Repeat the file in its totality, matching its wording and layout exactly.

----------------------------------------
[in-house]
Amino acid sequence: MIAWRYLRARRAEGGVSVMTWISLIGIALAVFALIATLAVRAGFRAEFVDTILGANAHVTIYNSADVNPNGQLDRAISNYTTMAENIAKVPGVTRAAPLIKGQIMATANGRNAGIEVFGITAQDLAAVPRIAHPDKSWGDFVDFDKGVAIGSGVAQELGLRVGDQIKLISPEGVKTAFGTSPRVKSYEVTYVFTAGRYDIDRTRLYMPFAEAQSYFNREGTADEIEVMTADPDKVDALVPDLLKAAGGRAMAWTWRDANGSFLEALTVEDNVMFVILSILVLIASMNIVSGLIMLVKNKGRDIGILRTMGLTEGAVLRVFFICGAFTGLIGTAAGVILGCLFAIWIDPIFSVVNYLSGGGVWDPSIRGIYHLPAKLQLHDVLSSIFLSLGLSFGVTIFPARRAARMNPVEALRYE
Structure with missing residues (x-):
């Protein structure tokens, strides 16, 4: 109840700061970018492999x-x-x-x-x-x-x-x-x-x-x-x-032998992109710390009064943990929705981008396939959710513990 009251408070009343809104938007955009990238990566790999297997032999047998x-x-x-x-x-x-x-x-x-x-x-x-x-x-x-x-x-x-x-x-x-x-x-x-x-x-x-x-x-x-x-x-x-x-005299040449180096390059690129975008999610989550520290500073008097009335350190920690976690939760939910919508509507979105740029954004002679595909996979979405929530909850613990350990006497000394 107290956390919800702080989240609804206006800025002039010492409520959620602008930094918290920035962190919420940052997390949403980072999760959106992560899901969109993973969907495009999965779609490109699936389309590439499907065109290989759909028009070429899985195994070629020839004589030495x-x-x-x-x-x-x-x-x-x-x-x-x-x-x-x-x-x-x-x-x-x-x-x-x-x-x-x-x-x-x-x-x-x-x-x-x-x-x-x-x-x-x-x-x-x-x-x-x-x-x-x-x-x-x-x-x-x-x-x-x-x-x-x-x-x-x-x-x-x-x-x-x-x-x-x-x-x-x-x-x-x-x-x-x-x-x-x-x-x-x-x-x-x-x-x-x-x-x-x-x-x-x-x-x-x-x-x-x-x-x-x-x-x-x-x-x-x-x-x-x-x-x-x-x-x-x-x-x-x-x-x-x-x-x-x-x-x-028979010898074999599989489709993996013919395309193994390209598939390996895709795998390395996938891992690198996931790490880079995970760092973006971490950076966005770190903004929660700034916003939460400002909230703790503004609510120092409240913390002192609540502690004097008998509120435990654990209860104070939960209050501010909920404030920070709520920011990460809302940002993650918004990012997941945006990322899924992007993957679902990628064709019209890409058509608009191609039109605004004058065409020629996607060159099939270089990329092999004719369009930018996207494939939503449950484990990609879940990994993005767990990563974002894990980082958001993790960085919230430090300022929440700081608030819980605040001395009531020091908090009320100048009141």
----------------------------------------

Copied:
[in-house]
Amino acid sequence: MIAWRYLRARRAEGGVSVMTWISLIGIALAVFALIATLAVRAGFRAEFVDTILGANAHVTIYNSADVNPNGQLDRAISNYTTMAENIAKVPGVTRAAPLIKGQIMATANGRNAGIEVFGITAQDLAAVPRIAHPDKSWGDFVDFDKGVAIGSGVAQELGLRVGDQIKLISPEGVKTAFGTSPRVKSYEVTYVFTAGRYDIDRTRLYMPFAEAQSYFNREGTADEIEVMTADPDKVDALVPDLLKAAGGRAMAWTWRDANGSFLEALTVEDNVMFVILSILVLIASMNIVSGLIMLVKNKGRDIGILRTMGLTEGAVLRVFFICGAFTGLIGTAAGVILGCLFAIWIDPIFSVVNYLSGGGVWDPSIRGIYHLPAKLQLHDVLSSIFLSLGLSFGVTIFPARRAARMNPVEALRYE
Structure with missing residues (x-):
């Protein structure tokens, strides 16, 4: 109840700061970018492999x-x-x-x-x-x-x-x-x-x-x-x-032998992109710390009064943990929705981008396939959710513990 009251408070009343809104938007955009990238990566790999297997032999047998x-x-x-x-x-x-x-x-x-x-x-x-x-x-x-x-x-x-x-x-x-x-x-x-x-x-x-x-x-x-x-x-x-x-005299040449180096390059690129975008999610989550520290500073008097009335350190920690976690939760939910919508509507979105740029954004002679595909996979979405929530909850613990350990006497000394 107290956390919800702080989240609804206006800025002039010492409520959620602008930094918290920035962190919420940052997390949403980072999760959106992560899901969109993973969907495009999965779609490109699936389309590439499907065109290989759909028009070429899985195994070629020839004589030495x-x-x-x-x-x-x-x-x-x-x-x-x-x-x-x-x-x-x-x-x-x-x-x-x-x-x-x-x-x-x-x-x-x-x-x-x-x-x-x-x-x-x-x-x-x-x-x-x-x-x-x-x-x-x-x-x-x-x-x-x-x-x-x-x-x-x-x-x-x-x-x-x-x-x-x-x-x-x-x-x-x-x-x-x-x-x-x-x-x-x-x-x-x-x-x-x-x-x-x-x-x-x-x-x-x-x-x-x-x-x-x-x-x-x-x-x-x-x-x-x-x-x-x-x-x-x-x-x-x-x-x-x-x-x-x-x-x-028979010898074999599989489709993996013919395309193994390209598939390996895709795998390395996938891992690198996931790490880079995970760092973006971490950076966005770190903004929660700034916003939460400002909230703790503004609510120092409240913390002192609540502690004097008998509120435990654990209860104070939960209050501010909920404030920070709520920011990460809302940002993650918004990012997941945006990322899924992007993957679902990628064709019209890409058509608009191609039109605004004058065409020629996607060159099939270089990329092999004719369009930018996207494939939503449950484990990609879940990994993005767990990563974002894990980082958001993790960085919230430090300022929440700081608030819980605040001395009531020091908090009320100048009141």